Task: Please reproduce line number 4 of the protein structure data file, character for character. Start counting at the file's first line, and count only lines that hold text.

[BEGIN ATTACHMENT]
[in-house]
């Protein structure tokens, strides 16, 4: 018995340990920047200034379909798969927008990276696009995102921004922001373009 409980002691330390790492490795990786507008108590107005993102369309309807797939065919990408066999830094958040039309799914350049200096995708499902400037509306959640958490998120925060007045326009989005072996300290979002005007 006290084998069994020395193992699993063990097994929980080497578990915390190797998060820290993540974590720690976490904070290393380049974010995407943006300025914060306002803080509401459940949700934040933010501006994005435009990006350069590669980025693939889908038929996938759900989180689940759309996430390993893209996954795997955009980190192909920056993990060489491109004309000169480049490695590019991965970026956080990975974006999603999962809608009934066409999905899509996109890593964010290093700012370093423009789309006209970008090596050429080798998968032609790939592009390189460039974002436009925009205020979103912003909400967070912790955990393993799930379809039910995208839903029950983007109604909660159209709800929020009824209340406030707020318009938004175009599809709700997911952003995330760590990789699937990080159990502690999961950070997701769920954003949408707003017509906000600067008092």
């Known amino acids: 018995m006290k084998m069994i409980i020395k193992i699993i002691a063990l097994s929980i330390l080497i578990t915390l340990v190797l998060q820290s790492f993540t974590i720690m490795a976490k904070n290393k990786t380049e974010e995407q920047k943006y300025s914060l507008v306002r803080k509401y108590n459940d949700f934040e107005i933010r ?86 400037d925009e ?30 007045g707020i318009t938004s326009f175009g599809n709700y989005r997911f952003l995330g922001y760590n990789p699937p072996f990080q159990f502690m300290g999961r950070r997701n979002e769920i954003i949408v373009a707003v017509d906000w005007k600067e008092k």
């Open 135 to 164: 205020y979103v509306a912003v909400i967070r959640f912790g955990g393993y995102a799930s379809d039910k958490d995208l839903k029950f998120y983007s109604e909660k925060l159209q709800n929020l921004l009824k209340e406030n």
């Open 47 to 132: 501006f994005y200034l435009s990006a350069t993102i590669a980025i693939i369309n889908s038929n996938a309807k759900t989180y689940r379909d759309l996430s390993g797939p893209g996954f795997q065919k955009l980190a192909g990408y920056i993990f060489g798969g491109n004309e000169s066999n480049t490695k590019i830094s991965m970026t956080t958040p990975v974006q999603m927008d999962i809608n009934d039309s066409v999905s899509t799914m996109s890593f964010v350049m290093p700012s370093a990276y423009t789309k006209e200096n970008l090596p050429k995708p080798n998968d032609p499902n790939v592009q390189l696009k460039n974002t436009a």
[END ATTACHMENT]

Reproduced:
């Open 135 to 164: 205020y979103v509306a912003v909400i967070r959640f912790g955990g393993y995102a799930s379809d039910k958490d995208l839903k029950f998120y983007s109604e909660k925060l159209q709800n929020l921004l009824k209340e406030n």